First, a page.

So you’ve had a scan and there is a lengthy list of reported findings, but what does this actually mean for you?
Okay, some stats to begin..
Some recent studies investigating pain-free people across the life-span found that indeed signs of degeneration or pathology were seen in a considerable number of these subjects.
For example of these pain-free subjects:
- 62% had knee cartilage lesions & 48% had meniscus lesions
- 87.6% had disc bulges in the cervical spine (neck)
- Evidence of disc degeneration in the lumbar spine (low back) was seen at roughly 20% greater than the given age group starting from the 20’s with 37%, 30’s with 52%, 40’s with 68% then a steep increase from the 5th decade with signs in 80% up to 96% in the 8th decade.
- Evidence of disc bulges & facet joint degeneration in the lumbar spine also had similar patterns seen at roughly 10% greater than the given age group starting from the 20’s (i.e. 30% in the 20’s etc).
When subjects with one painful shoulder had scans of both of their shoulders reviewed, the findings showed that although 92% of painful shoulders had rotator cuff pathology, 88% of their pain-free counterparts did as well. And regarding bursitis of the shoulder, where 54% of painful shoulders showed signs of bursitis, 56% of pain-free shoulders had similar findings.
These findings demonstrate that things seen on imaging in those with pain are often also seen in those without pain. Suggesting that such things are perhaps normal for our bodies as we progress through the lifespan.
A similar way to look at these things may be to consider how our bodies change on the outside as we age. Our hair colour tends to fade, our skin tends to lose its elasticity and wrinkles occur. These are however, considered normal parts of aging and don’t tend to affect the way we function day to day or cause considerable concern when they arise (perhaps other than for our egos…).
But hang on, then why am I sore??
Well the pain we feel is quite a complex entity, and a combination of many factors. It is a signal from our brain – much like hunger or thirst – to tell us something. In hunger or thirst’s case the message is obvious. But in the case of pain it can be unclear. In its simplest form pain is a danger alarm, alerting us to an area of the body at risk of injury or recently injured to try to get us to change our behaviour to prevent or protect. However this signal can be influenced by many other factors or processes in the brain and body such as stress, our immune system, sleep quality, perception/lived experience, mental health, hormone balance and other health conditions we may experience. The level of function and cohesion of interaction in these bodily systems can be either predictive of pain or protective of a pain response. For example, the physical demand of sitting at a desk for many hours on end as part of an office job may predispose us to some fatigue or stiffness in our back or neck, but how much we like the job, how tired we are, how much work we have to do and how pressed we are with deadlines, as well as other issues like mental or/& physical illness can influence this.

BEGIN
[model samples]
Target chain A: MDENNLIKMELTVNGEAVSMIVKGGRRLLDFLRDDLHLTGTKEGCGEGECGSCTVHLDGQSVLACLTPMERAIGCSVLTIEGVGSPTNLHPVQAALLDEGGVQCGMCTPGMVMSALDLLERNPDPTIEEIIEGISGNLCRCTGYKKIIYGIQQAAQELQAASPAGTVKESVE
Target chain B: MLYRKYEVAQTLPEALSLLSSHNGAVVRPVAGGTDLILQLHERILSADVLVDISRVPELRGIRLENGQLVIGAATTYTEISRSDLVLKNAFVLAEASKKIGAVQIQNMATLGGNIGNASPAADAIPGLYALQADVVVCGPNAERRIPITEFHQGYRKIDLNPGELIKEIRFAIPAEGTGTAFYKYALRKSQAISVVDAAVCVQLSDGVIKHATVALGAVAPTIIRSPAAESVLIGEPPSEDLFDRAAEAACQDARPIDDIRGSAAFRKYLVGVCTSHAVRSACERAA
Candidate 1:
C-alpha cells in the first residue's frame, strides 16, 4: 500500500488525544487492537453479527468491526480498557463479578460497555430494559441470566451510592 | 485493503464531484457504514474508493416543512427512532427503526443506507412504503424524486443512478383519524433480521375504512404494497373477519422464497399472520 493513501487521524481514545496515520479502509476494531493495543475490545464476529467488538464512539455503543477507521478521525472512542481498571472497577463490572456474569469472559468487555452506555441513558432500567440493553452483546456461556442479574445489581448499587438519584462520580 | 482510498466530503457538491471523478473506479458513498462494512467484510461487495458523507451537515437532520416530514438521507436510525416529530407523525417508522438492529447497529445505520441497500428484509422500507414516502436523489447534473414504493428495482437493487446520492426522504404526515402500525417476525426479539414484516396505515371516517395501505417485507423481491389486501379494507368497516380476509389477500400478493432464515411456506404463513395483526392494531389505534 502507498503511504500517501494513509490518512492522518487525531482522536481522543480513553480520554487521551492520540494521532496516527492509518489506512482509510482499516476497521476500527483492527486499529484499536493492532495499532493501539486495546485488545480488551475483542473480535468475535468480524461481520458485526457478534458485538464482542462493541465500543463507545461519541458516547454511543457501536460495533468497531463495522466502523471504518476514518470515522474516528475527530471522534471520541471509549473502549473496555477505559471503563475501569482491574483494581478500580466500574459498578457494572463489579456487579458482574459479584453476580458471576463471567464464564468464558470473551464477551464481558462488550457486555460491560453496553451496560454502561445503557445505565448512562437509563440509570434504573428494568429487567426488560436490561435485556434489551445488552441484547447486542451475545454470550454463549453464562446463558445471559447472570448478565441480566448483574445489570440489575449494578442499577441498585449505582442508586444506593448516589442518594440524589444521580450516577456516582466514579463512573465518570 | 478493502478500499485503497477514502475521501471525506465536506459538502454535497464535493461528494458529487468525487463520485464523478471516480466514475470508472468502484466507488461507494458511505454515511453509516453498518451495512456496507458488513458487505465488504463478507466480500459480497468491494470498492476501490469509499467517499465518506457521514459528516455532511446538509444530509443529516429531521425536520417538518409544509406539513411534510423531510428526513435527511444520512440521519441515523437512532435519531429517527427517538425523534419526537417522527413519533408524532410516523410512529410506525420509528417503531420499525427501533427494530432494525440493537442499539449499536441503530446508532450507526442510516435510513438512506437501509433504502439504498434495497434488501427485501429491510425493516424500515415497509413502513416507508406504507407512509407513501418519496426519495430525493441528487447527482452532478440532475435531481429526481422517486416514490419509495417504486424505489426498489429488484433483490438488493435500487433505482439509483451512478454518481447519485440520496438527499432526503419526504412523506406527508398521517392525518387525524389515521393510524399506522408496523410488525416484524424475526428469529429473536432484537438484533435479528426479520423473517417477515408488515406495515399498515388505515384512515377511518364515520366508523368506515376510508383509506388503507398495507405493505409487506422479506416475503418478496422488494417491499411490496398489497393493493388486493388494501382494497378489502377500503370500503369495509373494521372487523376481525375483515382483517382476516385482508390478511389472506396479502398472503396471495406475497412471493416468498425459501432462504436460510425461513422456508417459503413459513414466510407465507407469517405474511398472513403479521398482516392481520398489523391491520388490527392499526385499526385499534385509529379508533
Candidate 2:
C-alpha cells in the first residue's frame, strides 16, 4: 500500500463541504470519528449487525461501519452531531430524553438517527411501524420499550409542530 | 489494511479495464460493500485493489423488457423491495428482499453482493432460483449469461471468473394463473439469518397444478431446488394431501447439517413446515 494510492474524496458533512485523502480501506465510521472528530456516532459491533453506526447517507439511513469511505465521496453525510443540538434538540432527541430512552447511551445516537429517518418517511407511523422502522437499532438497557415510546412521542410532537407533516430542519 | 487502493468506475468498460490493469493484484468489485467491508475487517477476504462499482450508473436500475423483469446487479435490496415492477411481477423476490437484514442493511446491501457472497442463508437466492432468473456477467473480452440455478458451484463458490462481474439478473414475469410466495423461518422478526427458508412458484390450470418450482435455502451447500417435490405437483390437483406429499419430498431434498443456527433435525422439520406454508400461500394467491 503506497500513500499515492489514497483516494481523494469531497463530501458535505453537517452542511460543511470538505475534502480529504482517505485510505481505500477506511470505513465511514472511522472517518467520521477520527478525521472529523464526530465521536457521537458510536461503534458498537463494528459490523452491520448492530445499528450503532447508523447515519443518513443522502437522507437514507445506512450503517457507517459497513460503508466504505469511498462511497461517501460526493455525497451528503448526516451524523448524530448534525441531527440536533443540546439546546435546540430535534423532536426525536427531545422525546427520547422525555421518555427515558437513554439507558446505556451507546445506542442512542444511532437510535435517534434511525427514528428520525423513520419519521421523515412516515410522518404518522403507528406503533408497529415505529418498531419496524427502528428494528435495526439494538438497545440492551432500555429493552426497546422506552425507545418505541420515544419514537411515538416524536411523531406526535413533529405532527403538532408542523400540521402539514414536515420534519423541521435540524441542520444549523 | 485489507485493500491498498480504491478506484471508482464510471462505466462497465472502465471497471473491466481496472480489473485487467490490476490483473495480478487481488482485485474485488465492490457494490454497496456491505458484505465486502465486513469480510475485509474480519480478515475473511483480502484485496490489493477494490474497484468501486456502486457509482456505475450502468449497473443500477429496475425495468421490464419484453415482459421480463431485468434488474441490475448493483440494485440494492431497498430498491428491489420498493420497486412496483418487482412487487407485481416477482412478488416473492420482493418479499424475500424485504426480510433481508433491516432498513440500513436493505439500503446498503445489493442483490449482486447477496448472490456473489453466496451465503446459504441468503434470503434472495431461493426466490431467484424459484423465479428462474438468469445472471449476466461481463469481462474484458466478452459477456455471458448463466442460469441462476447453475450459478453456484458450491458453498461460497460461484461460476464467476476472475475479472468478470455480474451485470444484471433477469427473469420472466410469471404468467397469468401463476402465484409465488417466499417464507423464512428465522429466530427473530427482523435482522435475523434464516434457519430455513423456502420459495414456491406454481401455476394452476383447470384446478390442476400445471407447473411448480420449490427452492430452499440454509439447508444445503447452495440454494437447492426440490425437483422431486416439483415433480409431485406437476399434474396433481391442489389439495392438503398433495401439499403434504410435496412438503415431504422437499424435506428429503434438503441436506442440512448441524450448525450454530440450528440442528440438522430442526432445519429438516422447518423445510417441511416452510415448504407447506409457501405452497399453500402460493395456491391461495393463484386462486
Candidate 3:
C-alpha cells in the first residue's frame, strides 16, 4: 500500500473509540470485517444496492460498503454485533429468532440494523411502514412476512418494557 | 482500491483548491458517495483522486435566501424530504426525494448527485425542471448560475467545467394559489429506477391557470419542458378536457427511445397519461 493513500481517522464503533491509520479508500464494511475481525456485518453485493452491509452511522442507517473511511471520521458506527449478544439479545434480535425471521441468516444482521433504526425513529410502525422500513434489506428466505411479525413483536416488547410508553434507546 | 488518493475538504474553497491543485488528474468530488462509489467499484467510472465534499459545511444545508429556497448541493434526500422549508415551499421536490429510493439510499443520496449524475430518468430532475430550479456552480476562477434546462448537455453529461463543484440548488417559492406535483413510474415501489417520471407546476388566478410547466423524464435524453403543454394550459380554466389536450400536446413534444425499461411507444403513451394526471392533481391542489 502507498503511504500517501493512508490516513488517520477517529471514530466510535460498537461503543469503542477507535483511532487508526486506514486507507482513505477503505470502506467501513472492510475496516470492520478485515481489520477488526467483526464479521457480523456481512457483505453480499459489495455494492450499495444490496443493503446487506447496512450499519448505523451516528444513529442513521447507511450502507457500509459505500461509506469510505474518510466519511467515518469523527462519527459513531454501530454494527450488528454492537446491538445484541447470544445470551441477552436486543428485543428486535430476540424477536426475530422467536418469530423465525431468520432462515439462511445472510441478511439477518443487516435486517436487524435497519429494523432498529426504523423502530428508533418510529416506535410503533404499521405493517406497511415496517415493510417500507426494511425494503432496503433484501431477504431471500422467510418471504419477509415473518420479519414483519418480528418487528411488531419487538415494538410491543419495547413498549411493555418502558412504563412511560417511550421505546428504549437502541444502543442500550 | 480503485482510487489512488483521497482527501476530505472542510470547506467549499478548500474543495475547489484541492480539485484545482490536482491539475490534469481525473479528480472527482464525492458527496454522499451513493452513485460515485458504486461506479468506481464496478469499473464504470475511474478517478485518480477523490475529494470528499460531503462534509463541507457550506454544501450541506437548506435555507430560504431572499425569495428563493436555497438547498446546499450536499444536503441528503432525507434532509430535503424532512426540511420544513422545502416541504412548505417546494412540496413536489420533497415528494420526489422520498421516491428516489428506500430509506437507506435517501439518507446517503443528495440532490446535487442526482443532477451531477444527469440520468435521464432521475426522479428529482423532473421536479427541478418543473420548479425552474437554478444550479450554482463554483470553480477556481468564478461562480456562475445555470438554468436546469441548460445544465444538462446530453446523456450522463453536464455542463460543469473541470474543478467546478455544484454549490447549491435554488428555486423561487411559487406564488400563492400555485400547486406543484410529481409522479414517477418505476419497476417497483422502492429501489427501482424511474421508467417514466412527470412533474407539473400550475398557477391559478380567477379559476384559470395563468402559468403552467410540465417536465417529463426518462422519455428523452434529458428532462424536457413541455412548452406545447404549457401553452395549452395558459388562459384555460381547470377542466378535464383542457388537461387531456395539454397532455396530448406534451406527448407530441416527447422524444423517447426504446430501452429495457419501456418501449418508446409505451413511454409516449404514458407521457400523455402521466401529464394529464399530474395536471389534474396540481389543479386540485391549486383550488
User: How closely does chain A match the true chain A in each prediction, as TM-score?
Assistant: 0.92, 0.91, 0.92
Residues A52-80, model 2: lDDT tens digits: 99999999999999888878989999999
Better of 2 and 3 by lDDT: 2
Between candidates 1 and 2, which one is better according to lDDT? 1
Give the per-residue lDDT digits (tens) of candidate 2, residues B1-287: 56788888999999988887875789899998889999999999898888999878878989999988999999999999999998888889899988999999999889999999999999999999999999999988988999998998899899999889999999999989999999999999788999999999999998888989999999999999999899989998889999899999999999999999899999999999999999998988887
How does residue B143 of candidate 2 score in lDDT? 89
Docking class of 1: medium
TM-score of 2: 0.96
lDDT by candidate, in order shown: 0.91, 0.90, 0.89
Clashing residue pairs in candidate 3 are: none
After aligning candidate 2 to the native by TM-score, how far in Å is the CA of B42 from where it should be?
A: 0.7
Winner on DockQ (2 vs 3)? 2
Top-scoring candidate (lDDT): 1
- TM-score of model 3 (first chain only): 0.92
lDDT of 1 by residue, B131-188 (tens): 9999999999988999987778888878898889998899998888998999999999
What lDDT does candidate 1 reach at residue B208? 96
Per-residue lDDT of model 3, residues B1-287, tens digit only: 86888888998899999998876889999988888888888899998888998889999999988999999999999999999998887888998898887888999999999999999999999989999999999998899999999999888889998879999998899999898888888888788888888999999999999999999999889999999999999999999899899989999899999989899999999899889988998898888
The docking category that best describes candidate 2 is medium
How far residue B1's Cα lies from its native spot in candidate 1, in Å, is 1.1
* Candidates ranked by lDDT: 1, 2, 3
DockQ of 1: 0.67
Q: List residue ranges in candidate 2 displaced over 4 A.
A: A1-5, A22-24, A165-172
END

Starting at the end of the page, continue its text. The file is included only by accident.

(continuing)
Alternatively, should we expose the body to a sudden change in load (more or less) such as a change in work hours, duties, or exercise routine (i.e. suddenly ramping things up or taking up a new activity or even stopping things) the body can equally respond with pain as a means of communicating this change in load or physical demand.
Okay – then why did I have the scan in the first place..??
Imaging, or other investigations like blood tests, should be used to rule out the presence of concerning pathology, or “red flags”, so as to appropriately direct management. For example in the case of an acute ankle or wrist sprain, or following injury after a fall a scan may be ordered if there is suspicion of fracture as rehabilitation for the affected area will look very different in the case of a simple sprain versus a broken bone. Or in the case that a clinician may suspect the presence of an underlying inflammatory condition a scan and a blood test may be ordered to assist in long term management of the condition as the input of a specialist may be necessary or the use of certain medications.
However it is not uncommon that scans return negative results for these suspicions but yet still provide a lengthy report on findings. These findings should then be seen as “green lights” where although there are signs of age-related changes noted there are no concerning features, which means activity & rehab for the problem area is safe to undertake as planned.
So what do we do about those findings then..??
Well.. nothing! The great news is that our bodies can still get stronger and more resilient to pain even in the presence of things like tendon, cartilage or disc changes. We generally don’t need to change the way our tendons or joints look for us to improve our pain. Typically what we need to change is our tolerance to activity so that we meet or exceed our usual demands. This can be achieved through graded exposure to physical loads. And aside from physical integrity we also need to address the many other factors aforementioned to improve our overall resilience – i.e. ensuring good nutrition, sleep quality and stress management etc.
If this has your head spinning with questions or you’ve recently been through some imaging and been told your pain is due to degeneration or your age, please get in touch to book an appointment with one of our experienced physiotherapists to talk through your pain problems to find the best management approach to meet your goals.
Call 8342 1233 or book online via www.thephysioclinic.com.au. We’d love to meet you!
Consulting at The Physio Clinic – Prospect